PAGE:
The stupidity with which he was favoured by nature must guard his courtship from any charm that could make a woman wish for its continuance; and Miss Lucas, who accepted him solely from the pure and disinterested desire of an establishment, cared not how soon that establishment were gained.

Jane Austen

Jane Austen

Profession: Author
Nationality: British

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She endeavoured to forget what she could not overlook...

It was a very proper wedding. The bride was elegantly dressed---the two bridemaids were duly inferior---her father gave her away---her mother stood with salts in her hand expecting to be agitated---her aunt tried to cry--- and the service was impressively read by Dr. Grant.

Yes," replied Darcy, who could contain himself no longer, "but that was when I first knew her; for it is many months since I have considered her as one of the handsomest women of my acquaintance.

I have not wanted syllables where actions have spoken so plainly.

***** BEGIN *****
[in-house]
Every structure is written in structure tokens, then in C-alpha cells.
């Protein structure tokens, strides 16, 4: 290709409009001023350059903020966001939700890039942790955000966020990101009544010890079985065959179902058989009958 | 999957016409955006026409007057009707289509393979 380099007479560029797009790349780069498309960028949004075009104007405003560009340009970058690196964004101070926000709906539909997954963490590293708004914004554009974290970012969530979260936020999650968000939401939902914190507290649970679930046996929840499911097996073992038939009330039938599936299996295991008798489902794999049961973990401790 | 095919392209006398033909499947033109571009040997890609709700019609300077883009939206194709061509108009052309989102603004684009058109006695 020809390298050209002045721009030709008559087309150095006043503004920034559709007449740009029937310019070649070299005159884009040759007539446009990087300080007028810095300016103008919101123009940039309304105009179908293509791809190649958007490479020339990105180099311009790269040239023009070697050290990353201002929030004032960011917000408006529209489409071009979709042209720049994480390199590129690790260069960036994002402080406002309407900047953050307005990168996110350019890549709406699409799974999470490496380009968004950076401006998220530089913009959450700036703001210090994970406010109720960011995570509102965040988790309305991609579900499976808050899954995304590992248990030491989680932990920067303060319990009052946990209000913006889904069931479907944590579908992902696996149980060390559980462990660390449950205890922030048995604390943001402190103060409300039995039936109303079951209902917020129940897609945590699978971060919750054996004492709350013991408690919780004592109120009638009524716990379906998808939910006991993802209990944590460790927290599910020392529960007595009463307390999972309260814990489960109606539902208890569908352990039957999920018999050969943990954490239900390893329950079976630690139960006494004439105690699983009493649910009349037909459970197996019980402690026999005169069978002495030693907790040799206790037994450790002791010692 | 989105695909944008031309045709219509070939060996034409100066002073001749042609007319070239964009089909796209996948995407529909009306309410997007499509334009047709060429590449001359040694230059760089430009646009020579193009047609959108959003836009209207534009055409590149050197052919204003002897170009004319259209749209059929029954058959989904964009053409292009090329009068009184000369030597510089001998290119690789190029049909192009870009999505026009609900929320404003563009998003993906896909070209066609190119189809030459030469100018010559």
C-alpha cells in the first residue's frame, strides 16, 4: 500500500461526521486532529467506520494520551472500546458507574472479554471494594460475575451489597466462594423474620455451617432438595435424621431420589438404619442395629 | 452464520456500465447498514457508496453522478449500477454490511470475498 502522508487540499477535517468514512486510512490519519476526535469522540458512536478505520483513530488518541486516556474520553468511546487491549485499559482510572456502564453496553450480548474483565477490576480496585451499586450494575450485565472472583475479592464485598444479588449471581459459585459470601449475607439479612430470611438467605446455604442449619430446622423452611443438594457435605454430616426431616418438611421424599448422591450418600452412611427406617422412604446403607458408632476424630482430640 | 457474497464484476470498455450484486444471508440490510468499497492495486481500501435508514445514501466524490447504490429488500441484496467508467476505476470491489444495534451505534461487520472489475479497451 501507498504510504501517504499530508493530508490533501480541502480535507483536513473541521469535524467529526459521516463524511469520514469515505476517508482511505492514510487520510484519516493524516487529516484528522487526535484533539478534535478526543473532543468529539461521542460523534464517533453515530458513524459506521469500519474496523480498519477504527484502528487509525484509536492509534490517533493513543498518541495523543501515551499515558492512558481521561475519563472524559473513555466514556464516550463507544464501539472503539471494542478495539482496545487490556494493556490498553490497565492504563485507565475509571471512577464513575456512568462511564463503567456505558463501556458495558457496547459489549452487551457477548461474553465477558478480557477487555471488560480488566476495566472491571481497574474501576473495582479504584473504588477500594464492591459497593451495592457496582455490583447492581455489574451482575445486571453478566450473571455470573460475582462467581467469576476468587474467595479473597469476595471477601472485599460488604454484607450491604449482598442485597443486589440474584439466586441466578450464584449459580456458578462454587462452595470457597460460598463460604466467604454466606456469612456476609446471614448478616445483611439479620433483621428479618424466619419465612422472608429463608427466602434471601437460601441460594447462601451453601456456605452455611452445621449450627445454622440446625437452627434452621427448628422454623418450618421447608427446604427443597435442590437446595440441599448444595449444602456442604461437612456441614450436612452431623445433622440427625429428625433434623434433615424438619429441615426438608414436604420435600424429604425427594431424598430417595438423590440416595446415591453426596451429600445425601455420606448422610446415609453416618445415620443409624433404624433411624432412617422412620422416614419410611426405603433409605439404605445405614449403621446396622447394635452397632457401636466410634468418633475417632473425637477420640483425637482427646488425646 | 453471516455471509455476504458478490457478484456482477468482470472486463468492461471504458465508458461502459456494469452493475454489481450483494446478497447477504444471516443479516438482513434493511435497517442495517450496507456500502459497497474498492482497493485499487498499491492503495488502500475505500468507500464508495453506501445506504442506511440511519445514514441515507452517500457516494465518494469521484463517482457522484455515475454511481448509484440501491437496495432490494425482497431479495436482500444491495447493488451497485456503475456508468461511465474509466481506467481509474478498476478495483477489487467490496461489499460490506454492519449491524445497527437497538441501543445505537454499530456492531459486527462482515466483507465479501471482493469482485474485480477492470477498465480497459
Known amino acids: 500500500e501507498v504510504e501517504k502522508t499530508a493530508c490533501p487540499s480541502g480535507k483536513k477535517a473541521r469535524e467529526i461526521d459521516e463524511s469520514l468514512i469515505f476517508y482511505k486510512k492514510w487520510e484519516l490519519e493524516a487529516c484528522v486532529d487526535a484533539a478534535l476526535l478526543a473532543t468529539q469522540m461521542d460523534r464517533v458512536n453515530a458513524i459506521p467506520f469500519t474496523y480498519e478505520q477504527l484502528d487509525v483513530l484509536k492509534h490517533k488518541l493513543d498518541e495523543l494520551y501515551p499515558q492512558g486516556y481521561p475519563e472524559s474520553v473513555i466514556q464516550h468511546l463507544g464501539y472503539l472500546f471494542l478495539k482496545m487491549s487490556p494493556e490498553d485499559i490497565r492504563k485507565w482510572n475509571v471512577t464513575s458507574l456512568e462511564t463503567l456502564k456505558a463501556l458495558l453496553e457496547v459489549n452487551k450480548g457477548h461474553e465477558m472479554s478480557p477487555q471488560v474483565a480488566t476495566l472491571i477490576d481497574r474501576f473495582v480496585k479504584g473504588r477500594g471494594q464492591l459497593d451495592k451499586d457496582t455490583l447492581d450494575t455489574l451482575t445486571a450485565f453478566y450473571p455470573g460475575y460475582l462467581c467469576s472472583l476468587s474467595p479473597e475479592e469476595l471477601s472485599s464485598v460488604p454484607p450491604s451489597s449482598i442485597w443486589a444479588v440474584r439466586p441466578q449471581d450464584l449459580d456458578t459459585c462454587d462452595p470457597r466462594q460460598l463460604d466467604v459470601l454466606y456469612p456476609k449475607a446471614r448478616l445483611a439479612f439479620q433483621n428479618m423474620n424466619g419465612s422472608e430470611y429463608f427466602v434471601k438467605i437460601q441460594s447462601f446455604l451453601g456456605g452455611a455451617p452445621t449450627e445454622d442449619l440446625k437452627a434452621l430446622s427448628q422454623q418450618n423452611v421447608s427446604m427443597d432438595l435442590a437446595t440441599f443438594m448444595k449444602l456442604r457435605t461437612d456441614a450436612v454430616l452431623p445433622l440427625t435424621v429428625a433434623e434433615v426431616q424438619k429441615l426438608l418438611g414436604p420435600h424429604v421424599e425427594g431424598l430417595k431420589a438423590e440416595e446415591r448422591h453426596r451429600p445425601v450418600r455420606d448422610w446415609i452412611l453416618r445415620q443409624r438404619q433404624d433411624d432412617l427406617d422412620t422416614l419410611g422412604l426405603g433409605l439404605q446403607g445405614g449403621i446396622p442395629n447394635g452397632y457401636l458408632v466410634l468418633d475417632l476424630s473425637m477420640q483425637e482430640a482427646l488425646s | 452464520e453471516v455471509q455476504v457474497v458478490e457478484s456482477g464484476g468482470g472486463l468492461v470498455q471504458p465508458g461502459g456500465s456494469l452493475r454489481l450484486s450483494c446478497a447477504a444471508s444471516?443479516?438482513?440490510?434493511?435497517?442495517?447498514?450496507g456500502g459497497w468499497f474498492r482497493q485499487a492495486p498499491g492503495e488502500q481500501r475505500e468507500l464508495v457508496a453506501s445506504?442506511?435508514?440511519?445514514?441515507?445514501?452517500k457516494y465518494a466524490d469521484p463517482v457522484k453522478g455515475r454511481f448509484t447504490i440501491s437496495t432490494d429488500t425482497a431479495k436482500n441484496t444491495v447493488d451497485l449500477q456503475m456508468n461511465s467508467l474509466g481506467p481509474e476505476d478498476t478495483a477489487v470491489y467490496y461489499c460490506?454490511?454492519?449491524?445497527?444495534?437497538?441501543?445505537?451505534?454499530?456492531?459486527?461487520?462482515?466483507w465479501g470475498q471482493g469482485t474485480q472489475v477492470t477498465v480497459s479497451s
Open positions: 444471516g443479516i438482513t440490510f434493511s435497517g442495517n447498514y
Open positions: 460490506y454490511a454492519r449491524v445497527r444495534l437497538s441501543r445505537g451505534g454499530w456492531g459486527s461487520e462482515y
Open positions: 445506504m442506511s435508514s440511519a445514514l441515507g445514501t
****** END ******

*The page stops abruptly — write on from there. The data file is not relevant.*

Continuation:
When once we are buried you think we are gone. But behold me immortal!

Marianne would have thought herself very inexcusable had she been able to sleep at all the first night after parting from Willoughby. She would have been ashamed to look her family in the face next morning, had she not risen from her bed in more need of repose than when she lay down in it.

Read Above Your Head--You may perhaps be brought to acknowledge that it is very well worthwhile to be tormented for two or three years of one's life, for the sake of being able to read all the rest of it.

Everybody's heart is open, you know, when they have recently escaped from severe pain, or are recovering the blessing of health.

It was a misfortune of poetry, to be seldom safely enjoyed by those who enjoyed it completely.

Mr. Knightley seemed to be trying not to smile; and succeeded without difficulty, upon Mrs. Elton's beginning to talk to him.

I send no compliments to your mother. You deserve no such attention. I am most seriously displeased.

He had never been an unhappy man; his own temper had secured him from that, even in his first marriage; but his second must shew him how delightful a well-judging and truly amiable woman could be, and must give him the pleasantest proof of its being a great deal better to choose than to be chosen, to excite gratitude than to feel it.

Selfishness must always be forgiven, you know, because there is no hope of a cure.

That loss of virtue in a female is irretrievable-- that one false step involves her in endless ruin-- that her reputation is no less brittle than it is beautiful-- and that she cannot be too much guarded in her behavior towards the undeserving of the opposite sex.